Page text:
issue of the piracy of intellectual property is once again at the
forefront with the opening of COMDEX Saudi Arabia 2001. In a circular
given to all companies participating in the trade show, the Ministry
of Information emphasized several key points.
Companies must be
able to prove that all goods for sale are originals and all software
loaded into computers is licensed. No direct selling is allowed at the
professional show. For computers sold at Shopper@COMDEX invoices must
be itemized to include the names of all installed software and their
Obidallah M. Al-Obaidallah, director of Copyright Department at the
Ministry of Information, inspectors will be at COMDEX during all hours
of operation. If any violation of the ministry’s regulations is
found the offending stand will be closed immediately for the duration
of the show. At last year’s COMDEX two stands were closed by
“We are stepping
up our activities because we feel that the business community is well
aware that selling pirated goods is unacceptable,” said Al-Obaidallah.
“We also are increasing our public education campaigns. We are
taking stands at trade shows, advertising our policies in the media
and distributing informative brochures on the subject. We are asking
businesses to give us detailed reports on the software in use in their
operations and to rectify situations where licensing is lacking. We
are pleased to announce that all government schools are using only
licensed software products.”
The ministry has
also taken to destroying pirated software at locations in city centers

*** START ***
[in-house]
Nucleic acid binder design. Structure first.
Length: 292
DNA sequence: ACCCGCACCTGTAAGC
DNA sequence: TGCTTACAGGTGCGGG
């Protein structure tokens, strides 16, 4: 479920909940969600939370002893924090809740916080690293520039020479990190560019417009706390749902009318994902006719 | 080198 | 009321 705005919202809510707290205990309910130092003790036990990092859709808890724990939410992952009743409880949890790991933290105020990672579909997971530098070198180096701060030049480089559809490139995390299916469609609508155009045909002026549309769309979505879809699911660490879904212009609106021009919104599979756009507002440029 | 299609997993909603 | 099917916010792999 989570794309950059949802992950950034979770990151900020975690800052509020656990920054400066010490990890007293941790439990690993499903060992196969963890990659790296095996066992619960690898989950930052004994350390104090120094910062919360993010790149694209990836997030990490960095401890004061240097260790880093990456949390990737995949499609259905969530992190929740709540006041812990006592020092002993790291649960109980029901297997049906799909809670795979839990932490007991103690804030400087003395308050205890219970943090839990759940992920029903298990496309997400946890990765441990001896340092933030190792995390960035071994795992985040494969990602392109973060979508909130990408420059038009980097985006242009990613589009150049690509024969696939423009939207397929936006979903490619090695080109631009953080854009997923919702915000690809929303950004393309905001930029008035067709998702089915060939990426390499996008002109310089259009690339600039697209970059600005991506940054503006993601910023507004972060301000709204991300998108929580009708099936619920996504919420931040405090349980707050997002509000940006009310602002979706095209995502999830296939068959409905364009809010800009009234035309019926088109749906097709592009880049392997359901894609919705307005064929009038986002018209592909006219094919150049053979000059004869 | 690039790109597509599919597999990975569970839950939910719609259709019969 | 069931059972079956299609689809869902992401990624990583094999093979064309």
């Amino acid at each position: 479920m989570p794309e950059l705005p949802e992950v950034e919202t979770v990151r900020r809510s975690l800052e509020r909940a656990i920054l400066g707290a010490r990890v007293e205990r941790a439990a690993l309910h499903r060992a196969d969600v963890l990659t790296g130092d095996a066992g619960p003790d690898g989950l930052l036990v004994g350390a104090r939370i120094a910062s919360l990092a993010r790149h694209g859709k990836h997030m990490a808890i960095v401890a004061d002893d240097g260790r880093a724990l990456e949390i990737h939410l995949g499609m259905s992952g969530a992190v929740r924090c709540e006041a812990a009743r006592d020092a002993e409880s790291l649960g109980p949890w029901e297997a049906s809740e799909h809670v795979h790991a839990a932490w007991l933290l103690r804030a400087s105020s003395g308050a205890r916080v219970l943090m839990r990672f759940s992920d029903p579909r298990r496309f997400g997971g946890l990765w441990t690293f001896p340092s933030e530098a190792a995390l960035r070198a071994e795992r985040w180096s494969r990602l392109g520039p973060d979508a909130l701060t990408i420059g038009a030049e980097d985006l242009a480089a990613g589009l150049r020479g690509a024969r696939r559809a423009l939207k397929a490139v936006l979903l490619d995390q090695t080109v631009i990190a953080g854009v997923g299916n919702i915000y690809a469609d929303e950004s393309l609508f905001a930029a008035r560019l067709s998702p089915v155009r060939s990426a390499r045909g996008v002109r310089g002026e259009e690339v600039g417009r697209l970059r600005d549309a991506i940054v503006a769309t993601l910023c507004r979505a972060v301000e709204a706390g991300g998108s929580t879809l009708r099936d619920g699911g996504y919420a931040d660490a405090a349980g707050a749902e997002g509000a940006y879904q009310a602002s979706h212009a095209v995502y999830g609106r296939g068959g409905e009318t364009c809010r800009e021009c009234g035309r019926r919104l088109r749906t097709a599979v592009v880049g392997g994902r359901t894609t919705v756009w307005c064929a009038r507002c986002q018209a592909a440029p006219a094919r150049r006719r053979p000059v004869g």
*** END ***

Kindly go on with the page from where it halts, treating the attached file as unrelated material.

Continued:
rather than in the desert in an effort to shock the local population
into becoming aware of the magnitude of the problem. Last year over
two million pieces of pirated software was seized at the Kingdom’s
borders. Most of it was coming from China or Southeast Asia. Al-Obaidallah
said that the ministry has the authority to seize any form of copied
intellectual property. In fact, at COMDEX their inspectors will even
be patrolling the parking lots outside the shows looking for
individuals selling pirated goods from the trunks of cars.
stated that while the software piracy issue in the Kingdom is serious,
he does not believe that it is as bad as some international
organizations are claiming.
“Studies done by
the International Intellectual Property Alliance gave the Kingdom a
piracy rate of 64% last year,” he said.
“However, our own
research shows a significantly lower figure. We will be releasing our
numbers shortly. We are not refuting the IIPA numbers by this move.
What we are saying is that our market research does not agree with
theirs and so we need their cooperation to compare data and see where
the discrepancies are. Then we must jointly go out and investigate
those areas,” said Al-Obaidallah.
“It is only in
this manner that we will get a clear picture of the pirated software
market on which all parties can agree,” he added